UPDATED: Just to put this in perspective ICv2 posted Diamond’s annual sales figures
Diamond Comic Distributors has released its annual sales figures, reporting that in 2006 Diamond Comic Distributors as a whole (including Alliance and Diamond UK) had gross sales of over $350 million — and Diamond estimates that the 3,500 comic specialty stores it services had retail sales of over $650 million last year.
Tom takes an overview of Six problems facing the industry and they boil down to:
1. The Greatest Issue Facing the Direct Market?
2. Syndicates and Self-Knowledge
3. The Mainstream Comics Event Comics Publishing Dilemma
4. The Alternative Comics Serial Comics Publishing Dilemma
5. Manga’s Publishing Dilemma
6. Loss of the Professional Class?
It’s a good, thoughtful read, although we’d quibble with a few points — the high water mark of comic shop saturation was probably the early 90s not the late 80s, although it was the wrong KIND of comics, as card stores began carrying valuable, collectible Image comics and such. There were some 5000 stores then, if we have our math right.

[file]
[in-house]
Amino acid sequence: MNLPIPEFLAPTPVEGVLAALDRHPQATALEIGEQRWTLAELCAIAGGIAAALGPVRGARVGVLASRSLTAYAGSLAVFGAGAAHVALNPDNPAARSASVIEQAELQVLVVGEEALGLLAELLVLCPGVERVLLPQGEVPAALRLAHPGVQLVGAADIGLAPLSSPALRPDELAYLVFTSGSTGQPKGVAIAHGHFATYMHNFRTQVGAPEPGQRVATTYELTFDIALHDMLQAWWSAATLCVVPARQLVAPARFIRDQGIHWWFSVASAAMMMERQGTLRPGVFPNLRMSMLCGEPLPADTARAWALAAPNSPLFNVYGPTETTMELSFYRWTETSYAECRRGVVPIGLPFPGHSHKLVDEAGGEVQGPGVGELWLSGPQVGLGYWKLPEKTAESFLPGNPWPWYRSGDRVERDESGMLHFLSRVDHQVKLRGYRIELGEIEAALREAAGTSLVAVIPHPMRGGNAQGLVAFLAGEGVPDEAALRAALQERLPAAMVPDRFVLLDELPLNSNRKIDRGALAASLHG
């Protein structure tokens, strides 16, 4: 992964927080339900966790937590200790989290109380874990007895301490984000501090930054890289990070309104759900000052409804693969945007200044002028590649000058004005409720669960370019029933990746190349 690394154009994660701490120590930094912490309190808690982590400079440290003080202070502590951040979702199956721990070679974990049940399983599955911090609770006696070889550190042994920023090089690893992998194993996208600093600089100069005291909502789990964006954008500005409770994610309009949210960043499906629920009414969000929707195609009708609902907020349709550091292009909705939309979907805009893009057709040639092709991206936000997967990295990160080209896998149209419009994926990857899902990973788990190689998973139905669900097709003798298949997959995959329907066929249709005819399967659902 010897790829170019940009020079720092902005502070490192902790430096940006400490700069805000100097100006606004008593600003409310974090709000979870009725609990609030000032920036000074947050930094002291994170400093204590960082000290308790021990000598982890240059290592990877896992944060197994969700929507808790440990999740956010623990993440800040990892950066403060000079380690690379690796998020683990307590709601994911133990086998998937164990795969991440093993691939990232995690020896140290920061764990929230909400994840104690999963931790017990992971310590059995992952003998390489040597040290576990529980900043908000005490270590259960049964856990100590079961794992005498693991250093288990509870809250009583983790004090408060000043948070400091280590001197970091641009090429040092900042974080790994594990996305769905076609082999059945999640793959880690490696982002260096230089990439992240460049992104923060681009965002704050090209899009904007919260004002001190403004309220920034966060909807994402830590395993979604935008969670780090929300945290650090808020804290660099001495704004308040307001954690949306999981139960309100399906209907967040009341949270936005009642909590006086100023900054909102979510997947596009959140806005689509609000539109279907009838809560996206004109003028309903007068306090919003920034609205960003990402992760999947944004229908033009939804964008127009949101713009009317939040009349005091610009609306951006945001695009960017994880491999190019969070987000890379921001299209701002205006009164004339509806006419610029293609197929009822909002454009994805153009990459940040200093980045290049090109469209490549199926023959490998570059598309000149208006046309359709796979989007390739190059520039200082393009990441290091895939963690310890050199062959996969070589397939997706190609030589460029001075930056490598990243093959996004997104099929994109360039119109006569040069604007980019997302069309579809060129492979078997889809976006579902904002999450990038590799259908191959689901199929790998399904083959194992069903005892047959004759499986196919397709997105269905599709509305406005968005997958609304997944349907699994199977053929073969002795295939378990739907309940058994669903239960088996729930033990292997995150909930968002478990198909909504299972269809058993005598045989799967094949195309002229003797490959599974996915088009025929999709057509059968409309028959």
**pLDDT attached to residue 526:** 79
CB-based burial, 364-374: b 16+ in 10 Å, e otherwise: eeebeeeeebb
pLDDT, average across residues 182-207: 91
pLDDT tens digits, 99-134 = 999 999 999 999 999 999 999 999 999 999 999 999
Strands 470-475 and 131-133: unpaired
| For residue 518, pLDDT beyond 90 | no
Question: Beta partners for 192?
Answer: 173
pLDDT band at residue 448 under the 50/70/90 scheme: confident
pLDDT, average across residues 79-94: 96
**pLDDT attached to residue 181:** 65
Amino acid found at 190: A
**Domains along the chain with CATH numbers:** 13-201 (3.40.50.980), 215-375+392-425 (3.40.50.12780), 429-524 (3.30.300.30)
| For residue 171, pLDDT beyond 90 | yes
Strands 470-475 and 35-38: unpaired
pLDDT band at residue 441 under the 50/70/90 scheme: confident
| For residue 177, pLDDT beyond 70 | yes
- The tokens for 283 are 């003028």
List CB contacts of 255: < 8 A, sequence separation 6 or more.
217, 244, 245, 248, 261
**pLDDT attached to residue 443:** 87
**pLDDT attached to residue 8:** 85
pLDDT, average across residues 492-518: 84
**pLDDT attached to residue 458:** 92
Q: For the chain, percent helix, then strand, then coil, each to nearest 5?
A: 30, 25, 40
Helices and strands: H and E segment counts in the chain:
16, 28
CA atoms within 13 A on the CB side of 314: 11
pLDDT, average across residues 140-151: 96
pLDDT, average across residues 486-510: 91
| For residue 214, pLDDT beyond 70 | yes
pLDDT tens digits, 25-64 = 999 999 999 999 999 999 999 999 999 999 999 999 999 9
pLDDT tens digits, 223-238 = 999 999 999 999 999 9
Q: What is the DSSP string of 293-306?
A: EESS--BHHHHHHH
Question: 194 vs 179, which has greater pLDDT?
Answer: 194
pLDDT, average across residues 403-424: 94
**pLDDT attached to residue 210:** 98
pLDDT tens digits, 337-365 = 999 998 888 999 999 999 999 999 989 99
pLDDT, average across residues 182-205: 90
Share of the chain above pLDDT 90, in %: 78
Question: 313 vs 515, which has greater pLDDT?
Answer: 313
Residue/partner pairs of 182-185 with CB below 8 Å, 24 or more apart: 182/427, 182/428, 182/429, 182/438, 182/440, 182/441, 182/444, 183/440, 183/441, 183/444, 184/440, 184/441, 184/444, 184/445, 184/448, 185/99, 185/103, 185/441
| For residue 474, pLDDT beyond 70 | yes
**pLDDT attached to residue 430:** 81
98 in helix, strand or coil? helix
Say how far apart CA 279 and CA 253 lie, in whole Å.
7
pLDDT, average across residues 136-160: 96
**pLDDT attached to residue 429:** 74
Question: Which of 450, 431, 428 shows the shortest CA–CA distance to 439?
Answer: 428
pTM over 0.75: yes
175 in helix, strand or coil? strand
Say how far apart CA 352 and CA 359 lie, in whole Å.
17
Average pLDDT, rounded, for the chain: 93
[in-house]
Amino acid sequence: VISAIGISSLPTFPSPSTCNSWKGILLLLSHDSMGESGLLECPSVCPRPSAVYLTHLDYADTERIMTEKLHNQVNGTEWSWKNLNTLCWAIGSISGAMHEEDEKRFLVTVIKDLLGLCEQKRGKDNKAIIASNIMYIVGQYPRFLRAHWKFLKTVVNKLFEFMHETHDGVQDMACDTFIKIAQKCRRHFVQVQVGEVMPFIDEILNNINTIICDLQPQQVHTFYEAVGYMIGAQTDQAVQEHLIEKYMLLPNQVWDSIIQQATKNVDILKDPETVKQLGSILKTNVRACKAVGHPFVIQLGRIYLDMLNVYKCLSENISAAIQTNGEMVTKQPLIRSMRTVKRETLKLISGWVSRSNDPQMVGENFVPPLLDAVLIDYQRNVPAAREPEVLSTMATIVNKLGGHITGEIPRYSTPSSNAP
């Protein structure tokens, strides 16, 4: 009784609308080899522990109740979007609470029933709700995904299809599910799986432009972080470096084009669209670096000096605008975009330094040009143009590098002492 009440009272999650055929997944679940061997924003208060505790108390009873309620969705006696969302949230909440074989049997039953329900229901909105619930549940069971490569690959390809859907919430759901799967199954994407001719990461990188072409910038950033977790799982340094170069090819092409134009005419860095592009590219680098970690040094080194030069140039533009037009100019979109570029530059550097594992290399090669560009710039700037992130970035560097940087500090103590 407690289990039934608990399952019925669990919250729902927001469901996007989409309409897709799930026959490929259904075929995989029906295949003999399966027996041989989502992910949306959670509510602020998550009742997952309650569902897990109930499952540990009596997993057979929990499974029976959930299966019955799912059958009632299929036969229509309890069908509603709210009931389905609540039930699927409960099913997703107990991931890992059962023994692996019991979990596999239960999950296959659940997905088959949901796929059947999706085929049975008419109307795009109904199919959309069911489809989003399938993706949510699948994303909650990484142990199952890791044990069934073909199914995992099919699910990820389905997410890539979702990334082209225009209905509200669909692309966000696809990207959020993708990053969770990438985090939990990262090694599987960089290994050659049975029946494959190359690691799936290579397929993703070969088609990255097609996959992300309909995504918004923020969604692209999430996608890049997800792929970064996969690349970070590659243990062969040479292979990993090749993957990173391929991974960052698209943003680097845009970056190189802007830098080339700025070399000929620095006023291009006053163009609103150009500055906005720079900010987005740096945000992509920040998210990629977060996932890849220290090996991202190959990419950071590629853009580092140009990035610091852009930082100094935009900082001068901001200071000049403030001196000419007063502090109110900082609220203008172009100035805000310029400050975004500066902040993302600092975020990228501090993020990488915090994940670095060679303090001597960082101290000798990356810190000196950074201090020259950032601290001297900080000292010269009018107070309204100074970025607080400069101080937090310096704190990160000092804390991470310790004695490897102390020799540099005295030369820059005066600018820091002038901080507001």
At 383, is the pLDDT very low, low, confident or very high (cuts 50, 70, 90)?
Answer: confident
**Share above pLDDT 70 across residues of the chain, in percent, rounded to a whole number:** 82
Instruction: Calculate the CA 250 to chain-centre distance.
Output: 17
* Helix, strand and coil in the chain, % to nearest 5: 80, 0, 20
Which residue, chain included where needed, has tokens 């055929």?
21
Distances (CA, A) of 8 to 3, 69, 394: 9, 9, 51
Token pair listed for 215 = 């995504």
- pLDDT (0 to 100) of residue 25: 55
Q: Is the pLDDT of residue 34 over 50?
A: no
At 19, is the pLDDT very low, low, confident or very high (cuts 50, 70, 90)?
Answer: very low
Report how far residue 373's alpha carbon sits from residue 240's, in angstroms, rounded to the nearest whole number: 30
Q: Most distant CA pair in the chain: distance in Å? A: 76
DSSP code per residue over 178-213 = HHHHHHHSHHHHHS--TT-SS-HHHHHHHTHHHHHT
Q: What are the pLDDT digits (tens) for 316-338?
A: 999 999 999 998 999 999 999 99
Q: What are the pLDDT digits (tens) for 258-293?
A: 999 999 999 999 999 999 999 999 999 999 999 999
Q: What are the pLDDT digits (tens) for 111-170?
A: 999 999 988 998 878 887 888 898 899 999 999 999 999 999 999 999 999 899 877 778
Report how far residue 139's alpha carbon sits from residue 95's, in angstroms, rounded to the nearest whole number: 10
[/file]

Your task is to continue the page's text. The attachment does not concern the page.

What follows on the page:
Point #6 involves comics folk not being able to cash in on the current boom via actually creating comics, but Chris Butcher has an alternate view:
The Mouse Guard guy is hitting a bunch of conventions, but he’s not the one lugging cases of his books (I hope), he’s got a publisher for that. Kean Soo’s Jellaby will be coming out from Hyperion Books next year, a young-readers graphic novel aimed squarely at the Bone-reading audience, and while mainstream authors are always encouraged to do promotions and press for their work (and I will be roping Keaner into a number of “personal appearances”) he’s got a team of people out there getting Jellaby in front of reviewers, into bookstores, onto book clubs, and into the hands of its intended audience. Which is gonna be hell for him, he’s so hands on.
Making Comics, by Scott McCloudThe real reason that I’m not entirely worried about “The Loss of the Professional Class”? It’s a secret I probably shouldn’t spill on my blog, but… Alright, here goes: Judy Hansen, of Kitchen & Hansen Literary Agency. Judy Hansen is Scott McCloud’s agent, and got him out of the deal with DC and into Harper Collins’s warm embrace. Scott set Judy up with Flight, and moved them from Image’s money-on-the-back-end deal to Random House, where… I don’t know how private those details are.
Based on our own personal observations, we’re twixt the two viewpoints. If you are even moderately skillful you can get all the work you can handle these days, but it takes a LOT of work to make what one would consider a “successful” living. No one is coasting, not even the superstars, who seem to be busier than ever directing movies and designing video games and what not.